In “past, present, future”, we ask clinical or academic experts to reflect on selected Sports & Exercise Medicine topics. Today Fiona Wilson on Back Pain, with an emphasis on Rowers.




Tell us more about yourself.

I am a physiotherapist from Manchester with over 30 years of experience in clinical and research areas. I have lived and worked around the world but have been in Dublin for the last 25 years. My career focus has always been on sports medicine, but I got many general hospital experience in my early career, which has been very important to me. My sports of interest are rowing and rugby. I row myself and was a successful, competitive elite rower when I was younger, but now I enjoy the social side of Masters rowing. I was the lead physiotherapist for Rowing Ireland for over 10 years, so I gained much clinical experience with high-performance athletes. My more recent focus has been on research in rowing medicine, particularly low back pain. My other research passion is rugby medicine, where I focus on brain health and wellbeing. I have been an academic at Trinity College Dublin since 2001, where I am Head of the BSc Physiotherapy programme, and I also practice clinically at Dublin Spine and Sports Physiotherapy. I am proud to be the first physiotherapist to be a World Rowing Sports Medicine Commission member.


What was hip and happening 10 years ago?

I was finishing my PhD 10 years ago, and even so recently, it was still relatively novel for physiotherapists with a clinical interest in doing a PhD. I was observing a huge growth in interest in research in Sports Medicine and a final move towards professionalism in sport for those who were not there yet. Mostly in Olympic sports, where robust systems were being set up to support athletes professionally. In rowing back pain, we were still quite focused on biomedical approaches to managing ‘injury’ focusing on specific diagnoses. ‘Core stability’ was still the primary approach in managing back pain, although its focus on isometric training- driving trunk stiffness, was starting to be questioned. Our focus was on cessation of pain as a key outcome measure before return to sport, with rest still a common tool of choice in acute injury phases.


What are we doing now?

We now see ourselves as managing the U-shaped relationship with exercise. Too little or too much is associated with disease or injury. Rather than trying to ‘fix’ the injured athlete, we are trying to prevent injury, with load monitoring being a concept embedded in all injury prevention and management programmes. We also now see athletes holistically and understand the effects of commodification of professional athletes and how it can affect their mental and physical health and wellbeing. Exercise prescription is now a crucial part of managing many more diseases, from chronic disease to acute illness. Thinking more specifically to an area like rowing back pain, we now approach management with a biopsychosocial model, thinking beyond pathologies and more about how the athlete experiences conditions and their environment’s effect on their condition and response to treatment. We now de-load (quickly) rather than unload, and recognise that maintaining as much training stimulus as possible is key. Our greatly improved understanding of pain means that we now have rowers returning to training more quickly using a pain monitoring model rather than waiting for a complete cessation of symptoms. Our trunk rehabilitation has moved away from a generic ‘core’ approach to a more dynamic trunk loading approach, focusing on creating fluid movement rather than hypervigilance, a risk in programmes focused on isometric phases. We recognized how the rowers’ relationship with their coaches and peers and the culture of the system they are training in can influence their experience. We encourage early disclosure of pain and injury and educate coaches to quickly modify load in response to this, which is likely to improve outcomes.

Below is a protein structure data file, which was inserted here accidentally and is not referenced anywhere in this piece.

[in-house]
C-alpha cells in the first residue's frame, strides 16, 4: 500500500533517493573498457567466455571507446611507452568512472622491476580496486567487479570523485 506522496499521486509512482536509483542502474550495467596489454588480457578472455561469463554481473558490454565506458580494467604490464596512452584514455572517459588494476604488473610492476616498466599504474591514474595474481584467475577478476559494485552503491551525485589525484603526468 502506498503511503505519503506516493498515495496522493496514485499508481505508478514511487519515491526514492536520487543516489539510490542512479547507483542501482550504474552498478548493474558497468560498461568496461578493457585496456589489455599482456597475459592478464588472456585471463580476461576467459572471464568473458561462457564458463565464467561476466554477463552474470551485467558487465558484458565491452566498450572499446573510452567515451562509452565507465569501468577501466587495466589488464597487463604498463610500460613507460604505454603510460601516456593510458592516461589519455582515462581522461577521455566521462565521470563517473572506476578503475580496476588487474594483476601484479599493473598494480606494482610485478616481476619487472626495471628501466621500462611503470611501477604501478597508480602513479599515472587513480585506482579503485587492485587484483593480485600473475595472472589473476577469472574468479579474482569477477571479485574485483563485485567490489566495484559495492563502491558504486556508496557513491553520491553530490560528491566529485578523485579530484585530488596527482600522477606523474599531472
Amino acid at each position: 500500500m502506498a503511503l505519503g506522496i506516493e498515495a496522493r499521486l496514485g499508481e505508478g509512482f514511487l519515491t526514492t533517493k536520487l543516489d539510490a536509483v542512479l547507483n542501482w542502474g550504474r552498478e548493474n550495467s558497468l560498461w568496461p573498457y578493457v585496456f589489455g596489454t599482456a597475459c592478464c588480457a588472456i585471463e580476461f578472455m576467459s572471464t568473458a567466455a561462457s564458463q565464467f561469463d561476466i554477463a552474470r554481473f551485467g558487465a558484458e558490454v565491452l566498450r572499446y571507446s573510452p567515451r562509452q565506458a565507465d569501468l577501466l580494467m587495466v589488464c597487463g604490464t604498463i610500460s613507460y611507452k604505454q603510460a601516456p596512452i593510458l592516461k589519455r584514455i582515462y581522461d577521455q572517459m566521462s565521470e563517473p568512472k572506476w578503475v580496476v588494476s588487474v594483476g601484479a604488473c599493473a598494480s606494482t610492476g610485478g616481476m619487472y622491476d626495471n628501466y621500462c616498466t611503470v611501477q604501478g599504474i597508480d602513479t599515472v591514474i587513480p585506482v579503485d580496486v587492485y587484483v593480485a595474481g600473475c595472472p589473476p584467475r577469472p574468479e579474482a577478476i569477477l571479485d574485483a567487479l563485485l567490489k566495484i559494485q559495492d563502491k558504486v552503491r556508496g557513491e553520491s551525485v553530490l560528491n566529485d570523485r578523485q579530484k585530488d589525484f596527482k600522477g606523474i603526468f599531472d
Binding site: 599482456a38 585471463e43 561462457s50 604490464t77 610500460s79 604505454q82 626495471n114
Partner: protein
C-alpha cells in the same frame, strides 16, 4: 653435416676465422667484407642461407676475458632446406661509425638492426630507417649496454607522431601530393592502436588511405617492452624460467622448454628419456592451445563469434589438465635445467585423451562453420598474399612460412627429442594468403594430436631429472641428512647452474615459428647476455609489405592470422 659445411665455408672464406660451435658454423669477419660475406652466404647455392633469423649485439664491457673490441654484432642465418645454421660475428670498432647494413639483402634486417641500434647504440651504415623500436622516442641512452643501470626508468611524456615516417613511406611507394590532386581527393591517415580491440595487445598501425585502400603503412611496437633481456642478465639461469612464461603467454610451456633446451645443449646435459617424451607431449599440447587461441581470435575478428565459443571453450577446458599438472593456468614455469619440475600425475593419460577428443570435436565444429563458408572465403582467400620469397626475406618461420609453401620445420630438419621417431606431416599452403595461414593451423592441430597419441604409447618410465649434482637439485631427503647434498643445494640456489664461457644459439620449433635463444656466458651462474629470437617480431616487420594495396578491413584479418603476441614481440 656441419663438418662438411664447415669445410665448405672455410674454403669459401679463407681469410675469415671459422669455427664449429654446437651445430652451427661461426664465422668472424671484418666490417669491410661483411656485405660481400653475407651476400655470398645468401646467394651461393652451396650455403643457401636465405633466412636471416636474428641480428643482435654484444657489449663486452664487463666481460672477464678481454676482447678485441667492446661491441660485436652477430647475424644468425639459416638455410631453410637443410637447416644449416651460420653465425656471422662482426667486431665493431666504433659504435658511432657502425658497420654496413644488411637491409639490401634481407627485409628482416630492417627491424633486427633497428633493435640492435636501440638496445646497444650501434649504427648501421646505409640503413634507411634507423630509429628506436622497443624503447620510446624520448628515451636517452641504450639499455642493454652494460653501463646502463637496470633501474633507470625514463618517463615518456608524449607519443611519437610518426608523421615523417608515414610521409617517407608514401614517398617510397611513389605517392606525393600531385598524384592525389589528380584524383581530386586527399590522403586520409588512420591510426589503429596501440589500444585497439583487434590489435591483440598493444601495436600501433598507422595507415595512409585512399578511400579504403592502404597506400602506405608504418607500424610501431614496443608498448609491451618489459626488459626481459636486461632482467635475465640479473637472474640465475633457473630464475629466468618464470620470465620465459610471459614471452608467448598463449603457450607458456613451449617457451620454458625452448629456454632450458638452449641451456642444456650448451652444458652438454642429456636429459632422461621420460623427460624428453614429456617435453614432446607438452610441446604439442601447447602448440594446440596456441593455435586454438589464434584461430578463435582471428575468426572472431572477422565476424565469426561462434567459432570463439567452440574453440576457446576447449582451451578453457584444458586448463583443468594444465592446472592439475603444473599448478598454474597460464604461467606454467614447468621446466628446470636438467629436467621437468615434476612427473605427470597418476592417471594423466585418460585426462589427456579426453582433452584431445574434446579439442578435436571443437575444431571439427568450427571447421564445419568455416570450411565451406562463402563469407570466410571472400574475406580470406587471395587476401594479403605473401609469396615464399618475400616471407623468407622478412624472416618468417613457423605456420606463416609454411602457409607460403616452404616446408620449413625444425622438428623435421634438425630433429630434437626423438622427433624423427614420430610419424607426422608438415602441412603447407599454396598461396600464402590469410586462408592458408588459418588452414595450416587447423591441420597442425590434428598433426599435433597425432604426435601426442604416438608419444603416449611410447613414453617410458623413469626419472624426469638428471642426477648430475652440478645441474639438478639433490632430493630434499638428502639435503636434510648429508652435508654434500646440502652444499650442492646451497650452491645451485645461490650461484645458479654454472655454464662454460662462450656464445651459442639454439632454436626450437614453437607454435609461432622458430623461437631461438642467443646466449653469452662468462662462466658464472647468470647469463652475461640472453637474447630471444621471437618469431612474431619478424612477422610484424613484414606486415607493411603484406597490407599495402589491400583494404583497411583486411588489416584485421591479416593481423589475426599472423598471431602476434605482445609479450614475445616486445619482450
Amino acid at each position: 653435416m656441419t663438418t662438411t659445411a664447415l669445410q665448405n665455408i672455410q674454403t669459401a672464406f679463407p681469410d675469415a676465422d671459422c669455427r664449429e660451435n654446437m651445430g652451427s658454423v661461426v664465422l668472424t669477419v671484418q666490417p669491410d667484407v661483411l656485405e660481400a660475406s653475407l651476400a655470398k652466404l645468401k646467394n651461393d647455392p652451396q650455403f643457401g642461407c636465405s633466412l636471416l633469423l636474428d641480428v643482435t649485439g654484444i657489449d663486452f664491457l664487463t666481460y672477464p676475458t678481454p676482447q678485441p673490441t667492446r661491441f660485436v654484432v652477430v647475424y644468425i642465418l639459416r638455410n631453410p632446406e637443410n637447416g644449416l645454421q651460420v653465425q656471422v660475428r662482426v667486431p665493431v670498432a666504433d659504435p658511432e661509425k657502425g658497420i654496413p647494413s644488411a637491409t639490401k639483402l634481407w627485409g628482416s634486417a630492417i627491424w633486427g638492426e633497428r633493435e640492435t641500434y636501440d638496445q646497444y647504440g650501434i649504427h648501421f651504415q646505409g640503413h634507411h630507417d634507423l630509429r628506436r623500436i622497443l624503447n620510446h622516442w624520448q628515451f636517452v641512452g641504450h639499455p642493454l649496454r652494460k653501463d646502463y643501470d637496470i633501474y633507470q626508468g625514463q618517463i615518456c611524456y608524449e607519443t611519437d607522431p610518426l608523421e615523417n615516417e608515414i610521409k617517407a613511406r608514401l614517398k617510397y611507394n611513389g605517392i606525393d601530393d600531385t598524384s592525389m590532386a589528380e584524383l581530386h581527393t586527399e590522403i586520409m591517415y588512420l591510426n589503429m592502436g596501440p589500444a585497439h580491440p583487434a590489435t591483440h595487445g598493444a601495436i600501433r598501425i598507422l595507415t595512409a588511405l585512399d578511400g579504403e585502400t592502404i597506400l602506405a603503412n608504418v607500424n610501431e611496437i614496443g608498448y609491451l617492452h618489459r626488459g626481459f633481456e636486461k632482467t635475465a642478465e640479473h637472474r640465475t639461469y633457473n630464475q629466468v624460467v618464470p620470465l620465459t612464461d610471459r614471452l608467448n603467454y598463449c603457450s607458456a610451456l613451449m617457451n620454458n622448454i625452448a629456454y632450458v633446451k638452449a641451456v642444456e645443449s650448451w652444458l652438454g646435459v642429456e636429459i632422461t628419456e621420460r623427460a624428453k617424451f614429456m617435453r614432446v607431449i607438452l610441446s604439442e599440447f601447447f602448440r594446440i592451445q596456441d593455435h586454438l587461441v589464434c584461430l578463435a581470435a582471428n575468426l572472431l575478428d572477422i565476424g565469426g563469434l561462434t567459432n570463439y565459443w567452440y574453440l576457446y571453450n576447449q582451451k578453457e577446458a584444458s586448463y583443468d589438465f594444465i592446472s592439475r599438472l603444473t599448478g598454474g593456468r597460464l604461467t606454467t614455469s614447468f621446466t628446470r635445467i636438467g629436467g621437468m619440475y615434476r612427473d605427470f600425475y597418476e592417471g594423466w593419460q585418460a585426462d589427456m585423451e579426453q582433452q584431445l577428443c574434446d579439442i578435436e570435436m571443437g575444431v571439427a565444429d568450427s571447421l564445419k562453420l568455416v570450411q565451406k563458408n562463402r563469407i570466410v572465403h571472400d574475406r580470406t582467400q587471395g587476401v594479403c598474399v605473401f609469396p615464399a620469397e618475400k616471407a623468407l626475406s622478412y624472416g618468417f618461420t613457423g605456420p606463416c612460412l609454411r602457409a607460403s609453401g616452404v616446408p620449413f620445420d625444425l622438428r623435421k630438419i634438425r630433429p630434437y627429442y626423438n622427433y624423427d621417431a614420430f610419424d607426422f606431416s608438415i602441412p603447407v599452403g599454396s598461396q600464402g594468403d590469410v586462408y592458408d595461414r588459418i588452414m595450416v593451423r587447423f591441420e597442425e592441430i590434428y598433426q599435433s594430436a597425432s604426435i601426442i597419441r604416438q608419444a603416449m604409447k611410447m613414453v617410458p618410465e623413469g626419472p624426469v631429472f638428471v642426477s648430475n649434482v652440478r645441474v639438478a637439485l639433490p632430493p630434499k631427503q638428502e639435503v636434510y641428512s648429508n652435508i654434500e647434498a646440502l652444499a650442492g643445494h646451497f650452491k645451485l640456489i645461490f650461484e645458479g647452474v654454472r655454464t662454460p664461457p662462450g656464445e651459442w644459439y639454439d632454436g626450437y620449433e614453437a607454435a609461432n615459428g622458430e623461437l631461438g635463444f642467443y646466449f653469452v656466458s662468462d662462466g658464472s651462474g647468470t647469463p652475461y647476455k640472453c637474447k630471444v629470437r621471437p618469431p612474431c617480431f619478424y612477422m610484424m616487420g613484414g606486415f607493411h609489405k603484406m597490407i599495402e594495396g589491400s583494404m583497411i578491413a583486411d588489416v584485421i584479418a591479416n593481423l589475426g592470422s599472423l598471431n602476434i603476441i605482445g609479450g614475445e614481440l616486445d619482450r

Where do you think we will be 10 years from now?

Exercise to prevent and manage chronic disease will continue to be a core treatment, and exercise medicine professionals will lead in research in this area. Expanding into diseases where they had not been before.

Our role in athlete safeguarding will become more important. We have started to recognise the effects of too much focus on performance and not enough on participation. The ‘win at all costs’ and the ‘no funding without medals’ is leading to poorer athlete physical and mental wellbeing. It also leads to dropout at community levels, leaving the public with fewer opportunities for exercise participation, particularly in adolescence.  Our role will be to advocate for athlete health and support programmes that support well-being and performance. We will also be involved in designing and supporting public health interventions using exercise for health. We will also expand our role in managing professional athletes’ health into their retirement and through their lifespan.


Would you like to learn more on this topic? Here is a selection of studies on ‘Back Pain’ published in our journal
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